Sweet basil, Ocimum basilicum, is a pale-colored oil with a slightly spice aroma; it is reminiscent of cloves and camphor. Medicinally, the essential oil has natural antibacterial and antimicrobial properties, which make it a useful ingredient in blends or when diluted in a carrier oil. In addition, basil’s essential oil is an effective natural insect repellent[1] and a good alternative to citronella essential oil if you do not like citronella’s strong scent; diffuse the essential oil at your outdoor events for a fresh aroma and some added insurance against those pesky mosquitoes.

Which essential oil is essential for you? Post a comment and tell us which essential oil is a summer must ... be sure to include your favorite blend and recipes!!

Interested in learning more about aromatherapy essential oils? Visit for more information about aromatherapy classes, community wellness events, and summer study abroad programs with the American College of Healthcare Sciences.We look forward to hearing from you!

[1] Dube, S., Upadhyay, P.D., Tripathi, S.C. (1989). Canadian Journal of Botany, 67:2085-2087.

Tuesday, June 14, 2011

2011 Dirty Dozen: How to Shop for Produce and Avoid Harmful Pesticides

Eating your daily serving of fruits and veggies is essential. However, it pays to be aware of what you're eating! To support the maximum health benefits of eating a fruit and veggie-rich diet, reducing exposure to pesticides found in produce is beneficial.

The EWG's 2011 Shoppers Guide to Pesticides in Produce can help you to "determine which fruits and vegetables have the most pesticide residues and are the most important to buy organic. You can lower your pesticide intake substantially by avoiding the 12 most contaminated fruits and vegetables and eating the least contaminated produce," EWG says.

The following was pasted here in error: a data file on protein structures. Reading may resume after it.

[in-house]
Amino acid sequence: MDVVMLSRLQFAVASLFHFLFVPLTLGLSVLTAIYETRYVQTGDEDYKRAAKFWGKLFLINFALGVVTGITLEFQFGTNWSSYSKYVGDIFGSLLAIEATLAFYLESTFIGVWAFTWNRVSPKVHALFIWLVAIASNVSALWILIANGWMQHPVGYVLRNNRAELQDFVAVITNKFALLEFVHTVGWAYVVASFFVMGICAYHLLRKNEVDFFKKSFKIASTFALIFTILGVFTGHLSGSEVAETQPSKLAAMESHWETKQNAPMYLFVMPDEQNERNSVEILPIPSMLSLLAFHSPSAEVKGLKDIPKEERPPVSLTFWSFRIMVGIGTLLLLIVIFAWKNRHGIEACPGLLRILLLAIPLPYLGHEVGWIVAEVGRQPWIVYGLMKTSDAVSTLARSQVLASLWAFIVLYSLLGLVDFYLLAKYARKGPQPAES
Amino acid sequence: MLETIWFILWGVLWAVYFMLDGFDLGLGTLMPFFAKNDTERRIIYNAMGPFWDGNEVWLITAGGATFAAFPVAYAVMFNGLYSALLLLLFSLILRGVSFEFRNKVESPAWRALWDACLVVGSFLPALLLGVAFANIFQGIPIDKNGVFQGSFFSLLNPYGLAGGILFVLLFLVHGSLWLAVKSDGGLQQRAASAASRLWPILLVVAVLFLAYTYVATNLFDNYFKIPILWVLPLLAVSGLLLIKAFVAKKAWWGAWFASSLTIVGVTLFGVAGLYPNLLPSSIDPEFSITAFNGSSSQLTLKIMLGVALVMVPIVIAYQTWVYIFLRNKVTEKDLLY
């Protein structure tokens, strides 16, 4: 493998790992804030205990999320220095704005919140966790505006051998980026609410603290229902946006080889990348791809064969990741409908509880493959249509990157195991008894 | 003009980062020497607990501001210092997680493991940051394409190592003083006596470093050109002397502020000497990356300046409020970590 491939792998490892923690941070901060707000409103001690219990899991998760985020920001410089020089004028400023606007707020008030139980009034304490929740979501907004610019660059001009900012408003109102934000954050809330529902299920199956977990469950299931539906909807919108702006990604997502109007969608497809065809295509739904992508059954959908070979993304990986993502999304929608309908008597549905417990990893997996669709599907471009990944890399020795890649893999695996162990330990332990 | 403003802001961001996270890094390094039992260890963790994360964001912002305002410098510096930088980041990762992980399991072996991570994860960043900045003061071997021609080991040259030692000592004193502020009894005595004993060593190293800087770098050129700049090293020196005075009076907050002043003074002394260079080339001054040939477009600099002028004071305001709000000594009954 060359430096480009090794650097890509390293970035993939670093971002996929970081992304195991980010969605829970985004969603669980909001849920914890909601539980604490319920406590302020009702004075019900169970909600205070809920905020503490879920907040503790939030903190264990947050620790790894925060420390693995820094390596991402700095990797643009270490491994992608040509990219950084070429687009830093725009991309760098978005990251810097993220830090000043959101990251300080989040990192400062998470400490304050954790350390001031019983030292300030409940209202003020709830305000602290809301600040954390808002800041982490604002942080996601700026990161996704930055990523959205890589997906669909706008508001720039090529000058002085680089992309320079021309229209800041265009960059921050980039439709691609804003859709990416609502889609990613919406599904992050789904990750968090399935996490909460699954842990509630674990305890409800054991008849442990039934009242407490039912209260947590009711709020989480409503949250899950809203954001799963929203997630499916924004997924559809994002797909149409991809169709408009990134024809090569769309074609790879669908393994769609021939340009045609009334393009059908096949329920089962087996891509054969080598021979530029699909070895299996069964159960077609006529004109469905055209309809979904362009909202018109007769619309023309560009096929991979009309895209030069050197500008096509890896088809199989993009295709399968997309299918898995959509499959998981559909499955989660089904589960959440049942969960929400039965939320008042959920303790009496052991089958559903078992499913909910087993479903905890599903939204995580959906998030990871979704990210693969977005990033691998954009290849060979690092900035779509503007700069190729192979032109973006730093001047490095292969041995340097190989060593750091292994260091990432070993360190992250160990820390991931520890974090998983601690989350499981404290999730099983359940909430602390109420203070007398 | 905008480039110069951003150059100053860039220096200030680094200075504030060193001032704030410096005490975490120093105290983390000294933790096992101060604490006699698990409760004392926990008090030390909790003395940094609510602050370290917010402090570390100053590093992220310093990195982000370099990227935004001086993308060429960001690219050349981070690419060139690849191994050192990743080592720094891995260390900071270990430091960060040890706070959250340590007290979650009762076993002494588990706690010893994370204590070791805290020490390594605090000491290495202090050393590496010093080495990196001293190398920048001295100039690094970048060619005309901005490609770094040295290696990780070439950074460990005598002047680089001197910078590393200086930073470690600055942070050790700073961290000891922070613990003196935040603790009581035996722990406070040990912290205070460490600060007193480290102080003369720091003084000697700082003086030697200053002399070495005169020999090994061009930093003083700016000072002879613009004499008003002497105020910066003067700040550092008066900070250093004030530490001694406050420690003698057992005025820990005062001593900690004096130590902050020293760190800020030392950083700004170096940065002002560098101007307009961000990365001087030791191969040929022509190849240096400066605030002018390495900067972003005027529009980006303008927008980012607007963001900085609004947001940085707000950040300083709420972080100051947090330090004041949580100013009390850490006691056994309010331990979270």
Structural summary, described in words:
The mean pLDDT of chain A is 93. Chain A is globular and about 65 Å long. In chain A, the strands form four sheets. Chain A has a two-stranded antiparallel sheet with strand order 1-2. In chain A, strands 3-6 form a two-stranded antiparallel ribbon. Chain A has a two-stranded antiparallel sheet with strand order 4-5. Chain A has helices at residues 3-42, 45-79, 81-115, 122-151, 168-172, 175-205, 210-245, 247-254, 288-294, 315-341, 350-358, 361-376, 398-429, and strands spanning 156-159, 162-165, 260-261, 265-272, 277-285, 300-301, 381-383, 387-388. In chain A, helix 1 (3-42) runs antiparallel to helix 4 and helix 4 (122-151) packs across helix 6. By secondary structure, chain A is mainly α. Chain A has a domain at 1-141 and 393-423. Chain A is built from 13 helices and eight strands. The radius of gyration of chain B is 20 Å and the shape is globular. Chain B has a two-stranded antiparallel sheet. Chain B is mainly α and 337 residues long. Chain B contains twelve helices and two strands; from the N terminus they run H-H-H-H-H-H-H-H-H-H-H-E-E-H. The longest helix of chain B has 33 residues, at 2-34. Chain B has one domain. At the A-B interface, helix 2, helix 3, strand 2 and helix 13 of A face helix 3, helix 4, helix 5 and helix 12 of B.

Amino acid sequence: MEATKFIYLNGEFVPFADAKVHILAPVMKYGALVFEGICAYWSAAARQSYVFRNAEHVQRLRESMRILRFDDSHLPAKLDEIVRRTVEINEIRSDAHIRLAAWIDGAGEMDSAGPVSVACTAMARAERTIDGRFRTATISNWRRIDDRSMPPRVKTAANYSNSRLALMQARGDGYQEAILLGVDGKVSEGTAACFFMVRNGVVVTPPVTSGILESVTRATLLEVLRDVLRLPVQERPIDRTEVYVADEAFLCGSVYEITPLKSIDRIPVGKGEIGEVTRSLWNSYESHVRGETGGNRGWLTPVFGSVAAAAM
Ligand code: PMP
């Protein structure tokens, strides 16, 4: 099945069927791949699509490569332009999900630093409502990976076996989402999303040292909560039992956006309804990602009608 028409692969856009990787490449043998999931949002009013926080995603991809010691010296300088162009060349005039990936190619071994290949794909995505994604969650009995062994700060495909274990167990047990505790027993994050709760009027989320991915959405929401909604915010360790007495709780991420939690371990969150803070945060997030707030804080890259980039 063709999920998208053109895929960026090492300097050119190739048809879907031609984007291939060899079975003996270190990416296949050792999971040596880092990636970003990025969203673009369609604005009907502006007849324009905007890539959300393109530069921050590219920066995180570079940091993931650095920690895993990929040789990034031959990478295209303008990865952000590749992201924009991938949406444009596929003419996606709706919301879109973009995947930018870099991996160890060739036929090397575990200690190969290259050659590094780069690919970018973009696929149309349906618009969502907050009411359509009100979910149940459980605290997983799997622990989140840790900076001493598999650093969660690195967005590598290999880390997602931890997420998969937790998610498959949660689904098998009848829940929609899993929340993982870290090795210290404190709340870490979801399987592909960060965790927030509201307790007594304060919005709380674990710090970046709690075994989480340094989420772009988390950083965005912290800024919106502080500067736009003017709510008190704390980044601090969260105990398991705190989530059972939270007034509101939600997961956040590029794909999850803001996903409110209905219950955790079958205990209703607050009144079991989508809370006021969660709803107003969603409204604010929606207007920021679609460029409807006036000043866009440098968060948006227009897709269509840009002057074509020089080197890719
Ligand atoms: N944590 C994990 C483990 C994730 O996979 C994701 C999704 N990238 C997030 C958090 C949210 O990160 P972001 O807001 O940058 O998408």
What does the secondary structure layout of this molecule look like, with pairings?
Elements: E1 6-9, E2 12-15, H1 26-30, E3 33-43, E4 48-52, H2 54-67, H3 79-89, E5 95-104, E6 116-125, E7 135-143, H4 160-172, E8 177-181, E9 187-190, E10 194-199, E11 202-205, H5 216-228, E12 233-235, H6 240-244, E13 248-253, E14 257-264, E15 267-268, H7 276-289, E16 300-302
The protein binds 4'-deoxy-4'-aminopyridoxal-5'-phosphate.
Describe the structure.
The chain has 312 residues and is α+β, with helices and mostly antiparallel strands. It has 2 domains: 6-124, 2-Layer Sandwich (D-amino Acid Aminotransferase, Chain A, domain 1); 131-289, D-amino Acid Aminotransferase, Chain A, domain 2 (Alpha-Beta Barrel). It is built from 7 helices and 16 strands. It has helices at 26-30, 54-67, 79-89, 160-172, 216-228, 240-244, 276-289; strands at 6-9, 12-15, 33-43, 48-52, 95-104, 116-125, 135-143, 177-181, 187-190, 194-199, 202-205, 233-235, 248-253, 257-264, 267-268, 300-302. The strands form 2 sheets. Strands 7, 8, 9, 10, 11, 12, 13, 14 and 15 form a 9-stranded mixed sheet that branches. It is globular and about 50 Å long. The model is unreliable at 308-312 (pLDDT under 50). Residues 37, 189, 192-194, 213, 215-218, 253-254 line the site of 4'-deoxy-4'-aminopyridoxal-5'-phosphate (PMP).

Here are the top 5 produce listed on the EWG's Dirty Dozen (foods to buy organic):

#1 Apples
#2 Celery
#3 Strawberries
#4 Peaches
#5 Spinach

Here are the top 5 produce listed on the EWG's Clean 15 (foods lowest in pesticides):

#1 Onions
#2 Sweet Corn
#3 Pineapples
#4 Avocado
#5 Asparagus

To see the complete lists and download the Guide as a PDF, visit

We'd love to hear from you. Were you surprised by the Dirty Dozen? Leave a comment with your favorite summer fruit and veggie recipes!

Thursday, June 2, 2011

Important Dos for Educating the Aromatherapy Novice in Business

BY Rose Chard, ACHS Certificate in Aromatherapy Graduate, Owner Your Body Needs, LLc

Aromatherapy is a term that gets tossed around in the commercial market with little credibility to the fundamental science behind it. For the aromatherapy student who may look forward to a future in the industry, this is a frustrating issue because it becomes more of a challenge attempting to reach out to those who stand to gain a tremendous amount of benefit from the practice. If you are planning on starting a career in aromatherapy, here are some important factors to educating your customers.

1. Understand you are an educator—If you are a Registered Aromatherapist (RA) you must recognize that achievement. Your education gives you a vast amount of knowledge in the industry which the average person does not have. Provided you remain in your scope of practice and within ethical guidelines, you have quite a powerhouse of information to help improve clients’ quality of life. You earned that right through your education. Wasn’t it valuable to you the first time you heard it?